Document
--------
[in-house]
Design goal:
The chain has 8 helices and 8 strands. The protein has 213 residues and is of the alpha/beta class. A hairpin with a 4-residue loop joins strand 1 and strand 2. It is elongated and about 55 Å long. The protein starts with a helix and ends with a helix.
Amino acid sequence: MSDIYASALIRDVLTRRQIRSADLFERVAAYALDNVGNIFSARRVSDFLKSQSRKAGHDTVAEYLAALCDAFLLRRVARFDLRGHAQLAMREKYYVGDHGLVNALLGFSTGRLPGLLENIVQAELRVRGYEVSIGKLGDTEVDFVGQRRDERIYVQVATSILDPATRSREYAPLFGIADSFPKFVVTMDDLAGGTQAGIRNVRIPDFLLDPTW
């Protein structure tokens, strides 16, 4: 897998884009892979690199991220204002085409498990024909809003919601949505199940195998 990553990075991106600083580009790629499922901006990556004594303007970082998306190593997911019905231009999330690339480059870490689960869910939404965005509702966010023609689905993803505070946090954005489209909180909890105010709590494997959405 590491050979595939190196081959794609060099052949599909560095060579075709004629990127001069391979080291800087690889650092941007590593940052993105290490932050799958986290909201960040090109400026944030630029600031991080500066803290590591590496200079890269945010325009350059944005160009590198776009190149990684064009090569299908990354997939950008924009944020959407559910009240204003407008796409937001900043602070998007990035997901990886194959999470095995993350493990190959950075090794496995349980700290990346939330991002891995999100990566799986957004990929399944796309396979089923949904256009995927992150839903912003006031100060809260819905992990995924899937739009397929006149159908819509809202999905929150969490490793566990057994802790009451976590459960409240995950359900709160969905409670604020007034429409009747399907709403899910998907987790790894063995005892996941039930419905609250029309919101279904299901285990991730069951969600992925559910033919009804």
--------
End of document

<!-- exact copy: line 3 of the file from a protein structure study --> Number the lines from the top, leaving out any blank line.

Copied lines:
The chain has 8 helices and 8 strands. The protein has 213 residues and is of the alpha/beta class. A hairpin with a 4-residue loop joins strand 1 and strand 2. It is elongated and about 55 Å long. The protein starts with a helix and ends with a helix.